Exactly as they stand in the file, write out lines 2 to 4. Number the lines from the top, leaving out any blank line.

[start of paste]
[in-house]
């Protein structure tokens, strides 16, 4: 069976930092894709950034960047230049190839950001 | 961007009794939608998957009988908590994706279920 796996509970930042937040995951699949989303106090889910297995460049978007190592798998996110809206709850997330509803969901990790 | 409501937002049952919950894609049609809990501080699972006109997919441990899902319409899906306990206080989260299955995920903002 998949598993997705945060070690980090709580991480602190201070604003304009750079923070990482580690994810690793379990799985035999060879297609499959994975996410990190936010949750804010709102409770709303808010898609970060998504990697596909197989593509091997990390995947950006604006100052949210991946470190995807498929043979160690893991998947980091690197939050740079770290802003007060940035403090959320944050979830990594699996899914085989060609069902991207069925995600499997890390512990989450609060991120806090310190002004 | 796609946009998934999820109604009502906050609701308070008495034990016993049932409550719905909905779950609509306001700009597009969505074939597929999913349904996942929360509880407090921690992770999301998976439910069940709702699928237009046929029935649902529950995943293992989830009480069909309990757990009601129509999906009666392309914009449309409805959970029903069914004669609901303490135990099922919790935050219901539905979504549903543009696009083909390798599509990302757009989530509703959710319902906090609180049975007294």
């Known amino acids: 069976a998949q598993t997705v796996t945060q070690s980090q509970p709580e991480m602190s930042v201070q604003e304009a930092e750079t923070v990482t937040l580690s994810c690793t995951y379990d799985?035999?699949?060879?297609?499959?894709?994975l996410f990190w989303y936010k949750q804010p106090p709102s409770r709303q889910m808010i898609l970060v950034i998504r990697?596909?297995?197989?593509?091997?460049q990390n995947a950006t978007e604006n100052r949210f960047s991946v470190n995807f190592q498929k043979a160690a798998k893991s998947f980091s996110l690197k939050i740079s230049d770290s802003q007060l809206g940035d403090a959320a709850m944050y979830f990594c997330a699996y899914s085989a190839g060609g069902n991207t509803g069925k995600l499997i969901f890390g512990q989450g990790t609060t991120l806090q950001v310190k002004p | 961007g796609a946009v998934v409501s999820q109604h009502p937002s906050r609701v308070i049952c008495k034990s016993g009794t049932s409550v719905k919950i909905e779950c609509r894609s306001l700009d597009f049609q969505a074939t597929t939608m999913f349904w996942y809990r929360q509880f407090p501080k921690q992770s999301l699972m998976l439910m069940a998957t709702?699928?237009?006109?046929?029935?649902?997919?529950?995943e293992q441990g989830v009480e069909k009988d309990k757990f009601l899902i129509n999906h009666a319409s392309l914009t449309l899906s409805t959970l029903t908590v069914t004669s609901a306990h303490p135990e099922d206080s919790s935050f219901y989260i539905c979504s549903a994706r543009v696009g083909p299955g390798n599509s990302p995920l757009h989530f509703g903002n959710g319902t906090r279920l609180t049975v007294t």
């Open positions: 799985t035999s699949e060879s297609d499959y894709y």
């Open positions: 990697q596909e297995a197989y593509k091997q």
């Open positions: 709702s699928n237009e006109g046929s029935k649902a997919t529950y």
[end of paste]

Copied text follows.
């Protein structure tokens, strides 16, 4: 069976930092894709950034960047230049190839950001 | 961007009794939608998957009988908590994706279920 796996509970930042937040995951699949989303106090889910297995460049978007190592798998996110809206709850997330509803969901990790 | 409501937002049952919950894609049609809990501080699972006109997919441990899902319409899906306990206080989260299955995920903002 998949598993997705945060070690980090709580991480602190201070604003304009750079923070990482580690994810690793379990799985035999060879297609499959994975996410990190936010949750804010709102409770709303808010898609970060998504990697596909197989593509091997990390995947950006604006100052949210991946470190995807498929043979160690893991998947980091690197939050740079770290802003007060940035403090959320944050979830990594699996899914085989060609069902991207069925995600499997890390512990989450609060991120806090310190002004 | 796609946009998934999820109604009502906050609701308070008495034990016993049932409550719905909905779950609509306001700009597009969505074939597929999913349904996942929360509880407090921690992770999301998976439910069940709702699928237009046929029935649902529950995943293992989830009480069909309990757990009601129509999906009666392309914009449309409805959970029903069914004669609901303490135990099922919790935050219901539905979504549903543009696009083909390798599509990302757009989530509703959710319902906090609180049975007294």
């Known amino acids: 069976a998949q598993t997705v796996t945060q070690s980090q509970p709580e991480m602190s930042v201070q604003e304009a930092e750079t923070v990482t937040l580690s994810c690793t995951y379990d799985?035999?699949?060879?297609?499959?894709?994975l996410f990190w989303y936010k949750q804010p106090p709102s409770r709303q889910m808010i898609l970060v950034i998504r990697?596909?297995?197989?593509?091997?460049q990390n995947a950006t978007e604006n100052r949210f960047s991946v470190n995807f190592q498929k043979a160690a798998k893991s998947f980091s996110l690197k939050i740079s230049d770290s802003q007060l809206g940035d403090a959320a709850m944050y979830f990594c997330a699996y899914s085989a190839g060609g069902n991207t509803g069925k995600l499997i969901f890390g512990q989450g990790t609060t991120l806090q950001v310190k002004p | 961007g796609a946009v998934v409501s999820q109604h009502p937002s906050r609701v308070i049952c008495k034990s016993g009794t049932s409550v719905k919950i909905e779950c609509r894609s306001l700009d597009f049609q969505a074939t597929t939608m999913f349904w996942y809990r929360q509880f407090p501080k921690q992770s999301l699972m998976l439910m069940a998957t709702?699928?237009?006109?046929?029935?649902?997919?529950?995943e293992q441990g989830v009480e069909k009988d309990k757990f009601l899902i129509n999906h009666a319409s392309l914009t449309l899906s409805t959970l029903t908590v069914t004669s609901a306990h303490p135990e099922d206080s919790s935050f219901y989260i539905c979504s549903a994706r543009v696009g083909p299955g390798n599509s990302p995920l757009h989530f509703g903002n959710g319902t906090r279920l609180t049975v007294t």
């Open positions: 799985t035999s699949e060879s297609d499959y894709y």